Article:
Kimball Konception: Homework for students with afterschool activities takes away free time

Andy Kimball
Opinion Columnist

Andy_Column PhotoRegular school days for sophomore Michael Greaves go like this: He gets up for school, goes to swimming until 5 p.m. and then gets home to homework.
Specifically, in Greaves’ words, “one-to- two hours (of homework), and If I have a project due then even more.”
Greaves holds school as a his highest priority and said, “Every student’s priority should be school, but I think if you are having a tough time with your homework, then you might have to stop doing an (extracurricular) activity.” It was for this reason that Greaves had to stop doing jazz band.
I don’t think that having one to two hours of homework is good for students, especially students with extracurricular activities. About how much free time sophomore Matthew Fuller got between homework and jazz band, he said, “Well, I don’t get much.”
People could say, “Students don’t have to participate in extracurricular activities,” but those activities teach students important life skills and are necessary for students who want a leg up on college resumes for their futures.
A solution for students to gain free time would be giving students’ credit for their extracurricular activities so they could have space in their schedule for an academic lab to give them more time to complete their homework or to study for tests.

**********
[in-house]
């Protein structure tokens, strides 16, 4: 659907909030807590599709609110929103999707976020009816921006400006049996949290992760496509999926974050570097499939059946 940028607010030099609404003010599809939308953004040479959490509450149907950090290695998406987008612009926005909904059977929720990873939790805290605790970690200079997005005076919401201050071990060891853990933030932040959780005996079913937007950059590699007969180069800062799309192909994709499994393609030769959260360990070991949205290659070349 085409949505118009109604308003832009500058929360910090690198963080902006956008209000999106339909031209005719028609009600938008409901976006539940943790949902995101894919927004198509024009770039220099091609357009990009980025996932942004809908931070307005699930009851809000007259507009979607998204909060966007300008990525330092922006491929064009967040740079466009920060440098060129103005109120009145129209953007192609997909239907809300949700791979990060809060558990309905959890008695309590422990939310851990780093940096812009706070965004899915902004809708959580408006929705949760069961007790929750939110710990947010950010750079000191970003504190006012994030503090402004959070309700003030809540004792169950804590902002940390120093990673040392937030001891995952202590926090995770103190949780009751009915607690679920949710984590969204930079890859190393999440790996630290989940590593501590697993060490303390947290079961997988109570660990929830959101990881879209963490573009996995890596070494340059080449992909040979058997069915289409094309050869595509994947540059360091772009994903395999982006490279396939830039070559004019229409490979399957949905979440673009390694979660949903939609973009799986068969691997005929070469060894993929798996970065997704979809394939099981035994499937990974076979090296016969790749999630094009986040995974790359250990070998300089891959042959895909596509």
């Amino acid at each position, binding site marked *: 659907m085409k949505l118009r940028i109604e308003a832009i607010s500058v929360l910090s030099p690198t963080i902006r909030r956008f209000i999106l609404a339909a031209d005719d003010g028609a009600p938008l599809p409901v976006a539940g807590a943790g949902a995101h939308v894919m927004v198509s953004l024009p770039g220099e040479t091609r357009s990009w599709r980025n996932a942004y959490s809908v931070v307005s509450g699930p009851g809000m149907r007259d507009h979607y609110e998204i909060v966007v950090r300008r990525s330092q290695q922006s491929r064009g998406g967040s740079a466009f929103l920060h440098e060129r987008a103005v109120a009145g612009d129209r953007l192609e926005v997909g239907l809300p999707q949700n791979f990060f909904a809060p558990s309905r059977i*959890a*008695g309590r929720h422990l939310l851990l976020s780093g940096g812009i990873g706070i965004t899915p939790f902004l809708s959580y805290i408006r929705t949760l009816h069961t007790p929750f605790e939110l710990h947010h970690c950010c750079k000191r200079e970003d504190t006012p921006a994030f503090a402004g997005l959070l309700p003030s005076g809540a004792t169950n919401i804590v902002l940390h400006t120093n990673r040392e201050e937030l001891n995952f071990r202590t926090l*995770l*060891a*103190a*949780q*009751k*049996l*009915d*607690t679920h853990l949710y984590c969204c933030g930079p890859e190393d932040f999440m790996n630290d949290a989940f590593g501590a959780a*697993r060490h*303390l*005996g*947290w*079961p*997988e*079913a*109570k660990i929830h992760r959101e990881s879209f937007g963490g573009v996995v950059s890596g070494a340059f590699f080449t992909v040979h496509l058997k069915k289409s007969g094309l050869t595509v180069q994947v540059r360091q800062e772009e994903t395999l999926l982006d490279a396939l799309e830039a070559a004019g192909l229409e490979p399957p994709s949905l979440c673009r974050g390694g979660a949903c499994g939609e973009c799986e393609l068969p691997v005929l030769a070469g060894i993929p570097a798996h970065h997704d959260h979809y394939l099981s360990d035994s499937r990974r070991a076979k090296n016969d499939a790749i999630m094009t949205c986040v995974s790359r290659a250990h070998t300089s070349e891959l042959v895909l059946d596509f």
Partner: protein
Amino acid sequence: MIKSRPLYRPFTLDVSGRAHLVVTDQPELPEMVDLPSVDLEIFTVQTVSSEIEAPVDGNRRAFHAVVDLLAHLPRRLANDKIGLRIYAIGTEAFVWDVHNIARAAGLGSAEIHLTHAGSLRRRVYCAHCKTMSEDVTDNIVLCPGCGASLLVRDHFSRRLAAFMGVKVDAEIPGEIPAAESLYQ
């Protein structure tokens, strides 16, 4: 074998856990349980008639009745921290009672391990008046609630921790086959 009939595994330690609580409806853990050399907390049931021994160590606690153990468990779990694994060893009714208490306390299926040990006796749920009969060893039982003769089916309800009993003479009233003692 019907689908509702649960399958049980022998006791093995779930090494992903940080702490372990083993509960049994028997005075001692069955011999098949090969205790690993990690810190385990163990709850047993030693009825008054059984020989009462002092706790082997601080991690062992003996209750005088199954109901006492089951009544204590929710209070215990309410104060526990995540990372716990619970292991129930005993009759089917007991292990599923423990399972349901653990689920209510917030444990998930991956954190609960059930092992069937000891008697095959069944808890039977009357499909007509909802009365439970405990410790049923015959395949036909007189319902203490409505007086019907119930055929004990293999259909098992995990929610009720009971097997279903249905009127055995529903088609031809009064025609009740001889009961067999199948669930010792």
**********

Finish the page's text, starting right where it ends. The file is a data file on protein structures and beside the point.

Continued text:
An example of this solution would be to have a sport be a P.E. credit and have a student who participates in the fall or spring play or writes\acts in a one-act receive a fine art credit.
According to athletic director Jerry Collins, cheerleading was a sport in 2000 and was taught by a certified P.E. teacher Gloria Smith as a first hour P.E. class. Collins added that the main reason why after school activities aren’t counted as school credit is because they don’t have instructors who are certified to teach classes with P.E. credit.
A system is already in place for jazz band students to receive half of a credit for participating each year.
Very few coaches are certified P.E teachers, but more than a few coaches are teachers with educational degrees like Jay Blossom for basketball, Terrence Verstraete for men’s tennis, Tim Cashel for men’s soccer, and Chris Allen for women’s soccer to name a few.
Collins said in his opinion it wouldn’t take much for a teacher with an educational degree to become certified in P.E. This is a great opportunity for coaches to help their students.
Also, Todd Schaefer teaches drama classes which receive fine art credit, so he would be certified to teach the fall play and the One-Acts as classes for a fine art credit.
This would be a great solution for students who want to use their after-school activities for required school credits like P.E. or fine art credits, and make space for an academic lab to take care of some of their homework and have free time to enjoy themselves.



Categories: Column

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